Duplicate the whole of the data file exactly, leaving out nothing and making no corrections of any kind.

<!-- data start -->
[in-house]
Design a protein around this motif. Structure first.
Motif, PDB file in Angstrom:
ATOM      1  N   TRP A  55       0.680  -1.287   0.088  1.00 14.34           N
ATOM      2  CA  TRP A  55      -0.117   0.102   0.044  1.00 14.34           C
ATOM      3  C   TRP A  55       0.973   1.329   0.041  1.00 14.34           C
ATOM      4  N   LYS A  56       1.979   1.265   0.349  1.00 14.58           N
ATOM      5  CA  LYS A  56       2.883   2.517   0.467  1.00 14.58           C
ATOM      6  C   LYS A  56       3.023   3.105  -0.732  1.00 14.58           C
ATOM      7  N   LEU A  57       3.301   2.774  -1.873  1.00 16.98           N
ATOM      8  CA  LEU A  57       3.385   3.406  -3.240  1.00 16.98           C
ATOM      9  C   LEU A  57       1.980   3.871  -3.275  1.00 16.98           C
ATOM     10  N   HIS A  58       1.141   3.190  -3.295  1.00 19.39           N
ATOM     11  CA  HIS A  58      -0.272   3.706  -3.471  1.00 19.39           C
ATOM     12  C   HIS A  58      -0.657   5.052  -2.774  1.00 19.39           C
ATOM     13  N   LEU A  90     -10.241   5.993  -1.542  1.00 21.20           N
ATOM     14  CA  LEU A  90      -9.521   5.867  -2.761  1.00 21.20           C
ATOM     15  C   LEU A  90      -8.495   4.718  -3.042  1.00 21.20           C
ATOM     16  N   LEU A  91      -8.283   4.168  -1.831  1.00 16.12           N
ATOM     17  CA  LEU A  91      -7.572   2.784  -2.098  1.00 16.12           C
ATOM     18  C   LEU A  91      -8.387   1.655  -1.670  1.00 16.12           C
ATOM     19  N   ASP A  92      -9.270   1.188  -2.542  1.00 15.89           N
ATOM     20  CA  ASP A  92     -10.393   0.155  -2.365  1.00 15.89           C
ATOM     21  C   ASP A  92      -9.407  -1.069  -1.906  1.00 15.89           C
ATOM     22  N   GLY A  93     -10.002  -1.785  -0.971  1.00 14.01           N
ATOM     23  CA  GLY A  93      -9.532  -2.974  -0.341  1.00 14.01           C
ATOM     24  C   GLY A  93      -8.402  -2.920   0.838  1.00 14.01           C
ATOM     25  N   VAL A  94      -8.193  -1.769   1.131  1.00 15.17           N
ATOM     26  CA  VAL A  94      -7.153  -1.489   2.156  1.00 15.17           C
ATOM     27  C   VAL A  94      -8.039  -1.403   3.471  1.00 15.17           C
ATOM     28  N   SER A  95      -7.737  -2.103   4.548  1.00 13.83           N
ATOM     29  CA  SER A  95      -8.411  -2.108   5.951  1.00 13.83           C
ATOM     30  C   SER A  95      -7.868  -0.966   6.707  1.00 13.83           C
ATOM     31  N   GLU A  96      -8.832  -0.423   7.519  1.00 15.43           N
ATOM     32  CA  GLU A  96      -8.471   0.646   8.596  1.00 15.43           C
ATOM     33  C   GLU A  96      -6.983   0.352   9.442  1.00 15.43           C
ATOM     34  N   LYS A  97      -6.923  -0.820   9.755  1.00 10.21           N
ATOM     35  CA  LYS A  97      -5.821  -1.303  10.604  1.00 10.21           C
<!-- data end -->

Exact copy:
[in-house]
Design a protein around this motif. Structure first.
Motif, PDB file in Angstrom:
ATOM      1  N   TRP A  55       0.680  -1.287   0.088  1.00 14.34           N
ATOM      2  CA  TRP A  55      -0.117   0.102   0.044  1.00 14.34           C
ATOM      3  C   TRP A  55       0.973   1.329   0.041  1.00 14.34           C
ATOM      4  N   LYS A  56       1.979   1.265   0.349  1.00 14.58           N
ATOM      5  CA  LYS A  56       2.883   2.517   0.467  1.00 14.58           C
ATOM      6  C   LYS A  56       3.023   3.105  -0.732  1.00 14.58           C
ATOM      7  N   LEU A  57       3.301   2.774  -1.873  1.00 16.98           N
ATOM      8  CA  LEU A  57       3.385   3.406  -3.240  1.00 16.98           C
ATOM      9  C   LEU A  57       1.980   3.871  -3.275  1.00 16.98           C
ATOM     10  N   HIS A  58       1.141   3.190  -3.295  1.00 19.39           N
ATOM     11  CA  HIS A  58      -0.272   3.706  -3.471  1.00 19.39           C
ATOM     12  C   HIS A  58      -0.657   5.052  -2.774  1.00 19.39           C
ATOM     13  N   LEU A  90     -10.241   5.993  -1.542  1.00 21.20           N
ATOM     14  CA  LEU A  90      -9.521   5.867  -2.761  1.00 21.20           C
ATOM     15  C   LEU A  90      -8.495   4.718  -3.042  1.00 21.20           C
ATOM     16  N   LEU A  91      -8.283   4.168  -1.831  1.00 16.12           N
ATOM     17  CA  LEU A  91      -7.572   2.784  -2.098  1.00 16.12           C
ATOM     18  C   LEU A  91      -8.387   1.655  -1.670  1.00 16.12           C
ATOM     19  N   ASP A  92      -9.270   1.188  -2.542  1.00 15.89           N
ATOM     20  CA  ASP A  92     -10.393   0.155  -2.365  1.00 15.89           C
ATOM     21  C   ASP A  92      -9.407  -1.069  -1.906  1.00 15.89           C
ATOM     22  N   GLY A  93     -10.002  -1.785  -0.971  1.00 14.01           N
ATOM     23  CA  GLY A  93      -9.532  -2.974  -0.341  1.00 14.01           C
ATOM     24  C   GLY A  93      -8.402  -2.920   0.838  1.00 14.01           C
ATOM     25  N   VAL A  94      -8.193  -1.769   1.131  1.00 15.17           N
ATOM     26  CA  VAL A  94      -7.153  -1.489   2.156  1.00 15.17           C
ATOM     27  C   VAL A  94      -8.039  -1.403   3.471  1.00 15.17           C
ATOM     28  N   SER A  95      -7.737  -2.103   4.548  1.00 13.83           N
ATOM     29  CA  SER A  95      -8.411  -2.108   5.951  1.00 13.83           C
ATOM     30  C   SER A  95      -7.868  -0.966   6.707  1.00 13.83           C
ATOM     31  N   GLU A  96      -8.832  -0.423   7.519  1.00 15.43           N
ATOM     32  CA  GLU A  96      -8.471   0.646   8.596  1.00 15.43           C
ATOM     33  C   GLU A  96      -6.983   0.352   9.442  1.00 15.43           C
ATOM     34  N   LYS A  97      -6.923  -0.820   9.755  1.00 10.21           N
ATOM     35  CA  LYS A  97      -5.821  -1.303  10.604  1.00 10.21           C